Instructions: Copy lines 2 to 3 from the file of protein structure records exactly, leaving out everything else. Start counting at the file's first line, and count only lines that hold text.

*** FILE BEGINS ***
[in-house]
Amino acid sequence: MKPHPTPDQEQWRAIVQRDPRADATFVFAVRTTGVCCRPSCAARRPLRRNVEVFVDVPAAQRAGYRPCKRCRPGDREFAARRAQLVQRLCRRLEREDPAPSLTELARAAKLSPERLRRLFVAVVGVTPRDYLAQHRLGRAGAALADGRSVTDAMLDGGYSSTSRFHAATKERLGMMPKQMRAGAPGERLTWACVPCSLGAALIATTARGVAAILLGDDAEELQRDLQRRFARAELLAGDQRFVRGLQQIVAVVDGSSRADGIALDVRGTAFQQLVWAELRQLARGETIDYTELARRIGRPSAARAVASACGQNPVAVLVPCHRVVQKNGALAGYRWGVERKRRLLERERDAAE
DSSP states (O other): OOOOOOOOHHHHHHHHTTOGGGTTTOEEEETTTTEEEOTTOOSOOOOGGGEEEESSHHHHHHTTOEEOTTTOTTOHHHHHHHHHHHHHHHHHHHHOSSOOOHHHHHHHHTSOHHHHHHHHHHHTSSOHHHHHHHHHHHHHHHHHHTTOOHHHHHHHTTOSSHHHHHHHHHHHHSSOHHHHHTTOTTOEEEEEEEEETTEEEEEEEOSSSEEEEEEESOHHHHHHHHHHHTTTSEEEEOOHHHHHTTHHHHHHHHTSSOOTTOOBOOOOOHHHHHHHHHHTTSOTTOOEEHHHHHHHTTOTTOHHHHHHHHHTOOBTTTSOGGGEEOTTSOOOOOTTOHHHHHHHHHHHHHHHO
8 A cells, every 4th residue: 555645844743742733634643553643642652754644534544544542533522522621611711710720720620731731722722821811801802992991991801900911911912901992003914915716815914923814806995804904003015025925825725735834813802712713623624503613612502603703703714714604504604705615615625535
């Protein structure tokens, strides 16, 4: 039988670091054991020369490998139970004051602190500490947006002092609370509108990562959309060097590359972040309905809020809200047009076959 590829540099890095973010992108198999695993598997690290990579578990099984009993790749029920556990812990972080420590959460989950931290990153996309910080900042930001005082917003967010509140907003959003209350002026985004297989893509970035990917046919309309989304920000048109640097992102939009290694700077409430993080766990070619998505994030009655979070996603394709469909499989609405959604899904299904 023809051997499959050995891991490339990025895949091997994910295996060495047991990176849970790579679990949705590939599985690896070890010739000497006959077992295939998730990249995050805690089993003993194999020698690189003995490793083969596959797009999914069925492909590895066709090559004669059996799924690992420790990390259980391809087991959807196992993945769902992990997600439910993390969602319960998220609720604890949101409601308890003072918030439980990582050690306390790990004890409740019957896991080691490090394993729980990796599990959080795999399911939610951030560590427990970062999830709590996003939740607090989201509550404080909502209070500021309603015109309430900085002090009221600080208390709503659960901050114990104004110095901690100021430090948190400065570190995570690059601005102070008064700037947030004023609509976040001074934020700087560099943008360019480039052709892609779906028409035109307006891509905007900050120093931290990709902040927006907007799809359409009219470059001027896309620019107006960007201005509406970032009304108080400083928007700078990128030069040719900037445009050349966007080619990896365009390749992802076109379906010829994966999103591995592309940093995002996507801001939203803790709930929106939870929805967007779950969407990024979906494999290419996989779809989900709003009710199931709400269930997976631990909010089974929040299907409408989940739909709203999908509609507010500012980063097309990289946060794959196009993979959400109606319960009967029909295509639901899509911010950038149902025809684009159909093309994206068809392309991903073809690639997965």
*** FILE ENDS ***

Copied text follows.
Amino acid sequence: MKPHPTPDQEQWRAIVQRDPRADATFVFAVRTTGVCCRPSCAARRPLRRNVEVFVDVPAAQRAGYRPCKRCRPGDREFAARRAQLVQRLCRRLEREDPAPSLTELARAAKLSPERLRRLFVAVVGVTPRDYLAQHRLGRAGAALADGRSVTDAMLDGGYSSTSRFHAATKERLGMMPKQMRAGAPGERLTWACVPCSLGAALIATTARGVAAILLGDDAEELQRDLQRRFARAELLAGDQRFVRGLQQIVAVVDGSSRADGIALDVRGTAFQQLVWAELRQLARGETIDYTELARRIGRPSAARAVASACGQNPVAVLVPCHRVVQKNGALAGYRWGVERKRRLLERERDAAE
DSSP states (O other): OOOOOOOOHHHHHHHHTTOGGGTTTOEEEETTTTEEEOTTOOSOOOOGGGEEEESSHHHHHHTTOEEOTTTOTTOHHHHHHHHHHHHHHHHHHHHOSSOOOHHHHHHHHTSOHHHHHHHHHHHTSSOHHHHHHHHHHHHHHHHHHTTOOHHHHHHHTTOSSHHHHHHHHHHHHSSOHHHHHTTOTTOEEEEEEEEETTEEEEEEEOSSSEEEEEEESOHHHHHHHHHHHTTTSEEEEOOHHHHHTTHHHHHHHHTSSOOTTOOBOOOOOHHHHHHHHHHTTSOTTOOEEHHHHHHHTTOTTOHHHHHHHHHTOOBTTTSOGGGEEOTTSOOOOOTTOHHHHHHHHHHHHHHHO